Bertram, Roger (d.1242) (DNB00)
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Bertram, Roger (d.1242)
|Bertram, Roger (fl.1264)→|
BERTRAM, ROGER (d. 1242), judge and baronial leader, was son of William Bertram, lord of Mitford in Northumberland. Having joined the northern barons in their advance on London in the spring of 1215, his castle and barony of Mitford were subsequently (31 Jan. 1216) seized on by the king (Claus. 17 John, m. 11), and entrusted to William de Ulecotes. After the accession of Henry III he made his peace, 24 July 1217 (Claus. 1 Hen. III, m. 13), but only recovered Mitford from Philip de Ulecotes after many months litigation and a fine of 100l. (Claus. 1 Hen. III, m. 6 dors. ; 2 Hen. III, m. 8, m. 15). Becoming in favour with the court he was one of the witnesses to Henry's pledge to marry his sister to the King of the Scots, 15 July 1220 (Rymer's Fœdera, i. 241). He was summoned to besiege Cockermouth 3 Feb. 1221 (Claus. 5 Hen. IIII, m. 16 dors.), and was excused scutage 'pro fideli servicio suo,' 3 July 1224 (Claus. 8 Hen. III, m. 11). He was appointed a justice itinerant for Northumberland 14 July 1225 (ib. 9 Hen. III, m. 11 dors.), and 14 Dec. 1226 (ib. 10 Hen. III, m. 26 dors.), and for Cumberland 30 June 1226 (ib. 10 Hen. III, m. l5 dors.), and 10 Sept. 1227 (ib. 11 Hen. III, m. 5 dors.). In 18 Henry III (1233-4) he was again appointed for both these counties and for Lancashire, and in March 1237 he was a witness to the agreement at York before Cardinal Otho as to the differences between England and Scotland. At the beginning of 1242 he paid 35 marks to be excused from the Gascon expedition (Pip. 26 Hen. III, North.), and died very shortly afterwards (Matt. Westm.), his lands being delivered to the king's escheator 24 May 1242 (Fin. 26, Hen. III).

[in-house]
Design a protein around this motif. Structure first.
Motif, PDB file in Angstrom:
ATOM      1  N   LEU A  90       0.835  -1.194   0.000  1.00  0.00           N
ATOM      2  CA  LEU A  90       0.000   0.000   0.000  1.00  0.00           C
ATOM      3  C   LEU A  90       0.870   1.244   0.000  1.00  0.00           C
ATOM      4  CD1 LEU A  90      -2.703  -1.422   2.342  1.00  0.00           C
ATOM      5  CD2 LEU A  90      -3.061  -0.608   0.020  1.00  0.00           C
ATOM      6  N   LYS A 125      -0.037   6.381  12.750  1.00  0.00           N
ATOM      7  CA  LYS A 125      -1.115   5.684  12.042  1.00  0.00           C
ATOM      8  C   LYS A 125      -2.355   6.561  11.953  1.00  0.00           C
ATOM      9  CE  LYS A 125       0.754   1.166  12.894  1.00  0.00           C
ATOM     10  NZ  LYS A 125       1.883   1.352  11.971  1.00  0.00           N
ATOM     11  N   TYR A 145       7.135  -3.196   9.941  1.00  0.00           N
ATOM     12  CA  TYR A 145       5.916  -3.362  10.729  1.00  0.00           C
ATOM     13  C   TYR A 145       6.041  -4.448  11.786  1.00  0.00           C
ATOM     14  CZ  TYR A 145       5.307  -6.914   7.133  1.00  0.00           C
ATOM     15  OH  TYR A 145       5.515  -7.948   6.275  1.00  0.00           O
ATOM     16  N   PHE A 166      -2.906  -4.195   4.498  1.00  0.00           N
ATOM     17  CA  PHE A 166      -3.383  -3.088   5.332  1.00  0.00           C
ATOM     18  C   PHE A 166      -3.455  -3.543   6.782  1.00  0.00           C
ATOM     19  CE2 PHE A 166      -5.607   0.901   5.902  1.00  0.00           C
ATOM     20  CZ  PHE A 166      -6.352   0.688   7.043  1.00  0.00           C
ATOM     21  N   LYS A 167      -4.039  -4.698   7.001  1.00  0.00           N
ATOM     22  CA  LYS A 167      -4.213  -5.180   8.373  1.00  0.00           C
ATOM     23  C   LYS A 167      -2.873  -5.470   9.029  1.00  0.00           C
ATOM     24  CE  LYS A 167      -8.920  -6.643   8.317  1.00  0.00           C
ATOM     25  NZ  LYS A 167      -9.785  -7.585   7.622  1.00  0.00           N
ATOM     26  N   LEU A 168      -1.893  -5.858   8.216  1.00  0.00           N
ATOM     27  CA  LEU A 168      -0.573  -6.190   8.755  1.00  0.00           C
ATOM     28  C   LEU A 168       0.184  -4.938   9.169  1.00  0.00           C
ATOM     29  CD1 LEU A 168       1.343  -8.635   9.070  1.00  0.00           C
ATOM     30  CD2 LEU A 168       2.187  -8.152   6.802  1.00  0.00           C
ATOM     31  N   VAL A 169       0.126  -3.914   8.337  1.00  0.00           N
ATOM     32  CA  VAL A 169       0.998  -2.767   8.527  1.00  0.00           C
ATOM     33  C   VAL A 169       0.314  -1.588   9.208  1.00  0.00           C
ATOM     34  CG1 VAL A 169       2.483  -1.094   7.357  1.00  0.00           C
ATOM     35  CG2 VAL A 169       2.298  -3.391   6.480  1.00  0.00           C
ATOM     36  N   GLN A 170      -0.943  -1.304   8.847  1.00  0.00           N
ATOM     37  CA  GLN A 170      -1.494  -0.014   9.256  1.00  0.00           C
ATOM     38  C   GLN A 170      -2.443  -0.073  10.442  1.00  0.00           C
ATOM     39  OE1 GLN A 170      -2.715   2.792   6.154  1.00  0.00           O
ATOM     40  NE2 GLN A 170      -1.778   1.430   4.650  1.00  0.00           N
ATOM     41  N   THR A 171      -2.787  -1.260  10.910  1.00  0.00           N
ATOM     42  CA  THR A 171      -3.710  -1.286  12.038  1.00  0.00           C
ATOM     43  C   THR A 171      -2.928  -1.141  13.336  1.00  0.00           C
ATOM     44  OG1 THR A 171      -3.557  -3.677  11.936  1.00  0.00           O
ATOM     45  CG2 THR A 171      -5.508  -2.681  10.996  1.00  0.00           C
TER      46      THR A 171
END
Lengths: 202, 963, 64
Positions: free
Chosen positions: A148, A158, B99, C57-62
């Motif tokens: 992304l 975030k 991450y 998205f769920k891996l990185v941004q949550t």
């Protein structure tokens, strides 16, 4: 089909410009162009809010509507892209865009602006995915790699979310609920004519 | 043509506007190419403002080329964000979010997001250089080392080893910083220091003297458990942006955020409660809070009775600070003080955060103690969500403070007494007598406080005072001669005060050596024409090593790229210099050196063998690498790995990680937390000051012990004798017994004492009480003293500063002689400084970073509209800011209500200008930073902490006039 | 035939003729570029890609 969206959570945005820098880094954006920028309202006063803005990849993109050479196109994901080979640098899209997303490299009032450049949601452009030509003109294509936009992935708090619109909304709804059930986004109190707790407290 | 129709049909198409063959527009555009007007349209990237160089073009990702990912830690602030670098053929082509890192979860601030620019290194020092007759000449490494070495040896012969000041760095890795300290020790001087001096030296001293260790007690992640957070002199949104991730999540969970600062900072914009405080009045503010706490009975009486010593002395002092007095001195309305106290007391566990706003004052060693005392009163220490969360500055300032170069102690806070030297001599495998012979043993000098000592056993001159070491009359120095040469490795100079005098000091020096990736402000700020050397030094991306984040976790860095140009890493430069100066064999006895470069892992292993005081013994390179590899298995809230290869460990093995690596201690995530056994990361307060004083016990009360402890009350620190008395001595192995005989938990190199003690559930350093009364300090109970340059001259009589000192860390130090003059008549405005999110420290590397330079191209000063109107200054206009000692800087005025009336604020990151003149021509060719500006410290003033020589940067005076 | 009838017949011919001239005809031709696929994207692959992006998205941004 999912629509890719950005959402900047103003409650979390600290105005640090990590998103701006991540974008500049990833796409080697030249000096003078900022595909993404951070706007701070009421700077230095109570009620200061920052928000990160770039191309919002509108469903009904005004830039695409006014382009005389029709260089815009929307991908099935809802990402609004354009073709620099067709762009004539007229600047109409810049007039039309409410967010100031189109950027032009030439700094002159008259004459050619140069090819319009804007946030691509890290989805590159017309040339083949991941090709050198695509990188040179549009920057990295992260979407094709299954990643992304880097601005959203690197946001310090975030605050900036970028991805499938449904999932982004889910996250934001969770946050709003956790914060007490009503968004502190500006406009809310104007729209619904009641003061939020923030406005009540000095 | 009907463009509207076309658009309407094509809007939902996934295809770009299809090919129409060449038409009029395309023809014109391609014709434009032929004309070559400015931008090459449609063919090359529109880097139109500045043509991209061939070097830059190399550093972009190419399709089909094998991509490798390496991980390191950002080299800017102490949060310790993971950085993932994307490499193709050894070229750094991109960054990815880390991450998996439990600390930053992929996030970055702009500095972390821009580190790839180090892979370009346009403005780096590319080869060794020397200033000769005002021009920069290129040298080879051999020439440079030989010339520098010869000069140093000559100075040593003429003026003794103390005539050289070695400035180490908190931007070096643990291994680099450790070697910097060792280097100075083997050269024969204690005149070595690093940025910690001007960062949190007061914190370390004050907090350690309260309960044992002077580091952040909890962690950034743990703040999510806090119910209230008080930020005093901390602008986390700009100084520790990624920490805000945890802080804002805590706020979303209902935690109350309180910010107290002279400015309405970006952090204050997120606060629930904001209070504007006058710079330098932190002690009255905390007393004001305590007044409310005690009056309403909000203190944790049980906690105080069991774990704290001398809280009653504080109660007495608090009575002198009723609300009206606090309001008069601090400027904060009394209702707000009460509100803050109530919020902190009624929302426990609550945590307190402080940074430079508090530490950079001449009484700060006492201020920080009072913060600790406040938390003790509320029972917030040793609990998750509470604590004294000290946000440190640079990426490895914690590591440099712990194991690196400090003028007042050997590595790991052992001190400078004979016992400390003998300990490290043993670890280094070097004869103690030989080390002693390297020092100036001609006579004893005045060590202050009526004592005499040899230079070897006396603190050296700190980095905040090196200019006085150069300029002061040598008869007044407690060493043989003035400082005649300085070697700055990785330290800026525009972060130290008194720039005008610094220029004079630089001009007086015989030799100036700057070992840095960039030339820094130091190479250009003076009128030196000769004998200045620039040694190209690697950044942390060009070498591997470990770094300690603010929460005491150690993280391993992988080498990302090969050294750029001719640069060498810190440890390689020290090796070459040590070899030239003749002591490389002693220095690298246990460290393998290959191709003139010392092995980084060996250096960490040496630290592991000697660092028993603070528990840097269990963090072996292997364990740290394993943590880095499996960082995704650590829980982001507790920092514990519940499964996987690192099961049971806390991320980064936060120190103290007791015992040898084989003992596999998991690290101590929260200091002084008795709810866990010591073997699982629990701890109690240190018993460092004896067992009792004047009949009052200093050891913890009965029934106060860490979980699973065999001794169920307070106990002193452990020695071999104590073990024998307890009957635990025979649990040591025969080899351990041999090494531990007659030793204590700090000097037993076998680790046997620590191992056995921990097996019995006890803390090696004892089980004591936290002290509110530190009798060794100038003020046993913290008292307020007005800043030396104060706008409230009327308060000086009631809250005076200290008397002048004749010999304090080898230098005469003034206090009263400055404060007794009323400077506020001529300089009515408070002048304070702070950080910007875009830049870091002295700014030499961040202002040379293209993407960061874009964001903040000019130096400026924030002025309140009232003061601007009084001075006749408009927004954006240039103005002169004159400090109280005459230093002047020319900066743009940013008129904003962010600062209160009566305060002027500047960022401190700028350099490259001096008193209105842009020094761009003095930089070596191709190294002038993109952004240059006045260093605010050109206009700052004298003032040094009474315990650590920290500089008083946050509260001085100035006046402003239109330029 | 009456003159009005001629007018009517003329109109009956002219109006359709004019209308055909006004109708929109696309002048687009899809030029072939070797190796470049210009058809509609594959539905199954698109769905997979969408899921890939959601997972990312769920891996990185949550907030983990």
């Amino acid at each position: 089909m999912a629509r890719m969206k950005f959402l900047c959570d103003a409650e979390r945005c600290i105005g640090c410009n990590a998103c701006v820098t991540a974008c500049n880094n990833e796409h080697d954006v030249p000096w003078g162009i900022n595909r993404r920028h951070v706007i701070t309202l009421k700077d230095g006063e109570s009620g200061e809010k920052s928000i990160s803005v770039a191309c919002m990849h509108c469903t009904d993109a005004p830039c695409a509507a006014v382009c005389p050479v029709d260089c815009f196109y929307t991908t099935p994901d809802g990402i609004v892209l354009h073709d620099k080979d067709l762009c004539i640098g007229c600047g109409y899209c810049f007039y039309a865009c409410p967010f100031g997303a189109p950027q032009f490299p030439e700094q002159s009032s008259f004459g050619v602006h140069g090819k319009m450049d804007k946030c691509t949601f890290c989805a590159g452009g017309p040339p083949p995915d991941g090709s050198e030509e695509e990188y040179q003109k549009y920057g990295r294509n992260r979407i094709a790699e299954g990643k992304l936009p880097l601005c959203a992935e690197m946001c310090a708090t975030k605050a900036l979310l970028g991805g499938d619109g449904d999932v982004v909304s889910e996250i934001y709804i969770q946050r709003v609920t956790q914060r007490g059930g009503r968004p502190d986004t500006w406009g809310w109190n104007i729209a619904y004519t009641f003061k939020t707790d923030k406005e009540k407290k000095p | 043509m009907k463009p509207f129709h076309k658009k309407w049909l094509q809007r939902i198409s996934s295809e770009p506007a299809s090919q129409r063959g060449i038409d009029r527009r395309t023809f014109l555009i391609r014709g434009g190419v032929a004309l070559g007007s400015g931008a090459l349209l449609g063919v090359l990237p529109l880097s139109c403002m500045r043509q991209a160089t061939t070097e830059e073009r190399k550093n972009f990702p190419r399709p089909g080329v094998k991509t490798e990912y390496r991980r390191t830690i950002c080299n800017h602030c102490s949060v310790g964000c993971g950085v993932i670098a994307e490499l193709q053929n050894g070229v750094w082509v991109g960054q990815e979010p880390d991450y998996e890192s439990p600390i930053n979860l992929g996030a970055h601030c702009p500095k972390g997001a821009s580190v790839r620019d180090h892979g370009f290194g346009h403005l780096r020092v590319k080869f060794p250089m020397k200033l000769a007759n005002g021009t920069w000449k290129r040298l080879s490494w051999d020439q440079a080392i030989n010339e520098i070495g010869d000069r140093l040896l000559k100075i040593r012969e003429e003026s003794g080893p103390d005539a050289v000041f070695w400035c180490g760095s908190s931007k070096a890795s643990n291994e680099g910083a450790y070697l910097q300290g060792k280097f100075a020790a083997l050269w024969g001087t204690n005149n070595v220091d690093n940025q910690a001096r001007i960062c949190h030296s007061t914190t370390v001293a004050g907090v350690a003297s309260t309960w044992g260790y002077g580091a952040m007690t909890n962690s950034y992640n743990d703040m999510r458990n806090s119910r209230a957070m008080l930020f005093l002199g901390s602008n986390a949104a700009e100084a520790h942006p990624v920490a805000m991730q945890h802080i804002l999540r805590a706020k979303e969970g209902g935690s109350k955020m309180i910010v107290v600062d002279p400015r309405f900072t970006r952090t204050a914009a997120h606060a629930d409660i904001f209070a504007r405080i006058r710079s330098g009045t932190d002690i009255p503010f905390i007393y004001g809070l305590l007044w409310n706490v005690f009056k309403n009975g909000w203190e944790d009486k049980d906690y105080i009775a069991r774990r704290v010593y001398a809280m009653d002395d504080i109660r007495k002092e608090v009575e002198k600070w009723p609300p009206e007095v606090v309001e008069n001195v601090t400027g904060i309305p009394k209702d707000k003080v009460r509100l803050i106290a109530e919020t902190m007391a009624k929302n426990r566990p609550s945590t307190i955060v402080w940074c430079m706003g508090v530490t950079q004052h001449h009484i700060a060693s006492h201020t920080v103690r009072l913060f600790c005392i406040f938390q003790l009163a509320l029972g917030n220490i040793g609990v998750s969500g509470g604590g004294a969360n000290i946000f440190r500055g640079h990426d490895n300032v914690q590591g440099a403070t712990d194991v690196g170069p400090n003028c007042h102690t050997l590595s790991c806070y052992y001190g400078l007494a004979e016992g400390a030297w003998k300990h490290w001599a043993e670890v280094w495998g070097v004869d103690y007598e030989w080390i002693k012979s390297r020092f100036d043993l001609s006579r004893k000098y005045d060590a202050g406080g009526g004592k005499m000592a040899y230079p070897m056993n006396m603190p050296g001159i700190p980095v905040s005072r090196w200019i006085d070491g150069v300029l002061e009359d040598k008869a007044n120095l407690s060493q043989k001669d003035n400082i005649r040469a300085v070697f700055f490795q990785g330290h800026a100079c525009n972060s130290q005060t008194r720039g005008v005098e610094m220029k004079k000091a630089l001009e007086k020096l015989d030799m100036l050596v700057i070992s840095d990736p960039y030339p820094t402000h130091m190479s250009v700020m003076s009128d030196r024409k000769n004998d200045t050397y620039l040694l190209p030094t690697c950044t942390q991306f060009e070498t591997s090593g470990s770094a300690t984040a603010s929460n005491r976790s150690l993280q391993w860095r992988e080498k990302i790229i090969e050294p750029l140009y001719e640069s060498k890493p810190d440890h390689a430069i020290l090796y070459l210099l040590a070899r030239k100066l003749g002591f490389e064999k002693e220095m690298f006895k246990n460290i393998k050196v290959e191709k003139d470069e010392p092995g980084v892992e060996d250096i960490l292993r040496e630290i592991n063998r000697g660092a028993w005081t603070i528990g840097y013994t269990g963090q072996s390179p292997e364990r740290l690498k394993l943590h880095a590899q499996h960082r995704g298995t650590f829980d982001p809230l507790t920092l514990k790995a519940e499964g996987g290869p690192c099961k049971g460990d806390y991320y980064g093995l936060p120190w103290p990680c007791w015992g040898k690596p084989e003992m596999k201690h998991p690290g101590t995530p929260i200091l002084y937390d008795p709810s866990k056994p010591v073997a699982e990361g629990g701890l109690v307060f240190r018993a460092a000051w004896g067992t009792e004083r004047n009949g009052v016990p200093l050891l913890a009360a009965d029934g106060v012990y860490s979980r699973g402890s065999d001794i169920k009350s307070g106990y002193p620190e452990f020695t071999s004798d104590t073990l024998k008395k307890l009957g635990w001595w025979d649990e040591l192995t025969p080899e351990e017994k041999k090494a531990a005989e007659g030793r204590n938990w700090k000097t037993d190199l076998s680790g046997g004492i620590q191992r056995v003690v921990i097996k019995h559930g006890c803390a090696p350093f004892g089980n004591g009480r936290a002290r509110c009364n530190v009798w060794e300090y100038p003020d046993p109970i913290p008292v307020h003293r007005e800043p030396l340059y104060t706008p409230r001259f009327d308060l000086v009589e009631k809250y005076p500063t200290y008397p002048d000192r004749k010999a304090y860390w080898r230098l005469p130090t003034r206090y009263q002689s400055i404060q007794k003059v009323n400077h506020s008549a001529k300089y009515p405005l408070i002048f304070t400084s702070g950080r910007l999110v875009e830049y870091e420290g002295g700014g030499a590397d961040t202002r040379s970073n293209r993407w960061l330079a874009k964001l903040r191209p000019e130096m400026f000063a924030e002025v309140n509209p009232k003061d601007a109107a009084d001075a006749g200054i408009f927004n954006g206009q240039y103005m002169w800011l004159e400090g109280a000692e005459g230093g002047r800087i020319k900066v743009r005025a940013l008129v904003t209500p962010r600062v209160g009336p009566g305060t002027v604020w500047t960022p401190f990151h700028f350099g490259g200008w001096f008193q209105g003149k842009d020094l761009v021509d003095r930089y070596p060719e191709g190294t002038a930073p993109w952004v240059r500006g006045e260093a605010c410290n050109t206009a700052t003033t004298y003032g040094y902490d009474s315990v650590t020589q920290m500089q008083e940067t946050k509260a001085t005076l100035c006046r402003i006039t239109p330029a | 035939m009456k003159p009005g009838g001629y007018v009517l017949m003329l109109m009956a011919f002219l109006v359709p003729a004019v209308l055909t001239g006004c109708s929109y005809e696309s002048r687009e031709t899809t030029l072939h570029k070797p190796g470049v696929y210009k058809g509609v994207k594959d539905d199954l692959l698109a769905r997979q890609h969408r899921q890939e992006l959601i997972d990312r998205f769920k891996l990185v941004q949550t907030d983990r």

[Dugdale's Baronage, i. 544 ; Foss's Judges, ii. 237; Hodgson's Northumberland, ii. (ii). 40.]